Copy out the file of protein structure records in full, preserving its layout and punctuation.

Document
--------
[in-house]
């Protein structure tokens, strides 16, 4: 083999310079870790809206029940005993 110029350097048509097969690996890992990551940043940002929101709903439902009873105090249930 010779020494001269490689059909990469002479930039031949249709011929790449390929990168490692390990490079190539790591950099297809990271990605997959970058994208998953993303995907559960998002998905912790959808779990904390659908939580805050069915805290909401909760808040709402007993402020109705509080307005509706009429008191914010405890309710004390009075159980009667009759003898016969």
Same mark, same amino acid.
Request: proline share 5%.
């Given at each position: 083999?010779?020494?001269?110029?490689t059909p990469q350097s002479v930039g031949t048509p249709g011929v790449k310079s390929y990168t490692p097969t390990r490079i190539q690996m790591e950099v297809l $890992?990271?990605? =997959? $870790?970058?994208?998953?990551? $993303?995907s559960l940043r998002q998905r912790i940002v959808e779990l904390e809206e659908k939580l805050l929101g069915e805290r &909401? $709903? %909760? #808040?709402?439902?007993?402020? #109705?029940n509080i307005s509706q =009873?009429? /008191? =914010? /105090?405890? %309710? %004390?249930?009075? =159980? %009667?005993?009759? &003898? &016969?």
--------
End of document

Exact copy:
[in-house]
């Protein structure tokens, strides 16, 4: 083999310079870790809206029940005993 110029350097048509097969690996890992990551940043940002929101709903439902009873105090249930 010779020494001269490689059909990469002479930039031949249709011929790449390929990168490692390990490079190539790591950099297809990271990605997959970058994208998953993303995907559960998002998905912790959808779990904390659908939580805050069915805290909401909760808040709402007993402020109705509080307005509706009429008191914010405890309710004390009075159980009667009759003898016969």
Same mark, same amino acid.
Request: proline share 5%.
């Given at each position: 083999?010779?020494?001269?110029?490689t059909p990469q350097s002479v930039g031949t048509p249709g011929v790449k310079s390929y990168t490692p097969t390990r490079i190539q690996m790591e950099v297809l $890992?990271?990605? =997959? $870790?970058?994208?998953?990551? $993303?995907s559960l940043r998002q998905r912790i940002v959808e779990l904390e809206e659908k939580l805050l929101g069915e805290r &909401? $709903? %909760? #808040?709402?439902?007993?402020? #109705?029940n509080i307005s509706q =009873?009429? /008191? =914010? /105090?405890? %309710? %004390?249930?009075? =159980? %009667?005993?009759? &003898? &016969?």